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Old 03-01-2018, 10:18 AM
 
15,254 posts, read 16,842,706 times
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Quote:
Originally Posted by southbel View Post
Yes there is a mechanism. It's against the law to threaten someone's life! So the law enforcement who did get multiple tips and had evidence that Cruz did exactly that did not uphold their sworn duty. They allowed someone who broke the law and was an obvious threat to walk into that school and shoot those children. They could have arrested him, they had cause, they had evidence, and chose not to. Threats like the Texas shooter? Again, against the law. Hey the Air Force even arrested him for it. He was convicted, he was ineligible to own a gun but again, people not doing their job led to him obtaining one legally when he was not eligible to do so. Seriously, law enforcement need to do their damn jobs. That would solve the scenarios you presented.
While it is against the law to threaten someones life, and while someone can be charged with making terroristic threats, there is no mechanism to remove firearms from such a person while the case is pending. If a person is arrested for making a threat and posts bond, I don't believe firearms are confiscated at that time. It's illegal for a convicted felon to possess a firearm, but unless someone is convicted, there's no mechanism to take their weapons.

Cruz could have been arrested for making threats and released on bond, to go back home to his guns.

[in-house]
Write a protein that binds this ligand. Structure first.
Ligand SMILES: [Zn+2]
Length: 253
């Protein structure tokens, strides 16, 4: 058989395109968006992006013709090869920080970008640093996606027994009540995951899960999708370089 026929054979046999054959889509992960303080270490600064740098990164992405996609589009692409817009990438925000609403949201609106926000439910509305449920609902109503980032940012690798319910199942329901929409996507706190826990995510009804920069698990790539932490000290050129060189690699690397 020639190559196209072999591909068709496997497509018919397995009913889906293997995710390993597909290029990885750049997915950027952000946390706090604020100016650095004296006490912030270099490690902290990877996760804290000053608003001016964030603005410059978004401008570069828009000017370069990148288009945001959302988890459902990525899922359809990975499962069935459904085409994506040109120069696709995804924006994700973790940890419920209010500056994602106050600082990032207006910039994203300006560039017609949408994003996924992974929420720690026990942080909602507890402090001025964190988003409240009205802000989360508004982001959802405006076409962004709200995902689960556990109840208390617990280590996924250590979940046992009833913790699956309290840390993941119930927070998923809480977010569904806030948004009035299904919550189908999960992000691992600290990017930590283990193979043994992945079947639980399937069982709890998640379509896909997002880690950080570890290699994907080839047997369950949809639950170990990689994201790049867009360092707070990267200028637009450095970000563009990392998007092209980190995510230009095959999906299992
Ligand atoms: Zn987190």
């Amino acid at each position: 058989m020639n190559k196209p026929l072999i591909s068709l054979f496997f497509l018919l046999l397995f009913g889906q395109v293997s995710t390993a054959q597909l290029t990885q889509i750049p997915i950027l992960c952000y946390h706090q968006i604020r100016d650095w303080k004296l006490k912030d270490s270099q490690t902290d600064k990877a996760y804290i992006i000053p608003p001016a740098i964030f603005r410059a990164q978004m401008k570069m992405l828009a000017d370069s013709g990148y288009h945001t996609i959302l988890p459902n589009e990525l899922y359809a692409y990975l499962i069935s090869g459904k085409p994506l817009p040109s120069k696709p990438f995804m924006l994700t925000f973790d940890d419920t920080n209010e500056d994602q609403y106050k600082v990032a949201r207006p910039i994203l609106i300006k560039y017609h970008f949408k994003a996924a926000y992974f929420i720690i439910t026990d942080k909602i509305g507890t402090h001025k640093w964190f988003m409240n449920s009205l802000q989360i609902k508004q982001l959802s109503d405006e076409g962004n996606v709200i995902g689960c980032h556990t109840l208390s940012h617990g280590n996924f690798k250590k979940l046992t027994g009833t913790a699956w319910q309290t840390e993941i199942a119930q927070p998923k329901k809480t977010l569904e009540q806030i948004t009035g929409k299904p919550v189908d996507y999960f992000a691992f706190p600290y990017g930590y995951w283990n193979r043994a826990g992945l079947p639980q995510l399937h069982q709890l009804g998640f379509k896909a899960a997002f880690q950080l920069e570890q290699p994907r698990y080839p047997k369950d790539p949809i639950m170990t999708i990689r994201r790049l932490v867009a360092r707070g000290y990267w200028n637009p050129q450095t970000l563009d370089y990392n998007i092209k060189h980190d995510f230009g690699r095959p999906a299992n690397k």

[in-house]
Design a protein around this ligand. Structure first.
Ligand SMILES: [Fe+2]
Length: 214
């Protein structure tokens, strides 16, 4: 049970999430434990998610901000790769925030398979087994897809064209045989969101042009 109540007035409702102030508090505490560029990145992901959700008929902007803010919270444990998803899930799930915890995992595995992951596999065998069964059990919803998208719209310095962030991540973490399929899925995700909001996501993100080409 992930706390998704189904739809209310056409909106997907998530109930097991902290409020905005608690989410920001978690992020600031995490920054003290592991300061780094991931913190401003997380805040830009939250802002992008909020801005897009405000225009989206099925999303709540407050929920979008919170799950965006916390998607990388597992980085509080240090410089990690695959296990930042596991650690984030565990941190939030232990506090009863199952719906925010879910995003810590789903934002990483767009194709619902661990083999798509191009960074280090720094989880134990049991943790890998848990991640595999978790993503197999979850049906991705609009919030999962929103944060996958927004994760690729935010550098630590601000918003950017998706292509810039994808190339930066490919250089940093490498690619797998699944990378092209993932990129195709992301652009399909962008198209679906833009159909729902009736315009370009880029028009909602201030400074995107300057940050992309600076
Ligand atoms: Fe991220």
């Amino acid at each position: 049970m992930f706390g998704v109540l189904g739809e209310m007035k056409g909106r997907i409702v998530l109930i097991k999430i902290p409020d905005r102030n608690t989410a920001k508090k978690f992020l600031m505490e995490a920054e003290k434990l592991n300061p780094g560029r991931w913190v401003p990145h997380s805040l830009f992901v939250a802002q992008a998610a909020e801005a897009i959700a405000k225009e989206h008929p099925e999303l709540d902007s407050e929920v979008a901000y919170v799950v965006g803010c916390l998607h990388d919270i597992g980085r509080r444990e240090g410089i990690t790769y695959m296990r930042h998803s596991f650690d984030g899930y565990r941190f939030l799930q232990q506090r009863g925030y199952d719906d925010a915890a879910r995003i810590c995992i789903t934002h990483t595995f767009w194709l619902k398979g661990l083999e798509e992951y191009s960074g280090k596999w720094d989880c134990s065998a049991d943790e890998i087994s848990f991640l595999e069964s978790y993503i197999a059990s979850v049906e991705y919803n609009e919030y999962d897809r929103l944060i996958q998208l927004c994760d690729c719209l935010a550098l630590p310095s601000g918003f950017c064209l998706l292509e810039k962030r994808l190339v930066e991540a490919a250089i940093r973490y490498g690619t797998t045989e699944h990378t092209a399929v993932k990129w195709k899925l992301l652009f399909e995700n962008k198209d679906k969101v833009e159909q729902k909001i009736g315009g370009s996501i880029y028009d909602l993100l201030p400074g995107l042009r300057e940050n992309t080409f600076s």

And you're right--the Sutherland Springs shooter should not have been able to buy a gun. I'm not sure where he obtained his.
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Old 03-01-2018, 10:19 AM
 
Location: Micronesia
3,065 posts, read 953,064 times
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Quote:
Originally Posted by southbel View Post
Confiscation of guns without due process (hearing 30 days later is not due process) IS intrusive. It's violating someone's right - you know - that 2nd one.
I didnt think anyone would actually go for this, which is why I was taken aback when the president mentioned it. If they try to include this in legislation, it is likely dead on arrival.
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Old 03-01-2018, 10:20 AM
 
Location: Living rent free in your head
31,103 posts, read 13,622,175 times
Reputation: 22152
Quote:
Originally Posted by southbel View Post
Yes there is a mechanism. It's against the law to threaten someone's life! So the law enforcement who did get multiple tips and had evidence that Cruz did exactly that did not uphold their sworn duty. They allowed someone who broke the law and was an obvious threat to walk into that school and shoot those children. They could have arrested him, they had cause, they had evidence, and chose not to. Threats like the Texas shooter? Again, against the law. Hey the Air Force even arrested him for it. He was convicted, he was ineligible to own a gun but again, people not doing their job led to him obtaining one legally when he was not eligible to do so. Seriously, law enforcement need to do their damn jobs. That would solve the scenarios you presented.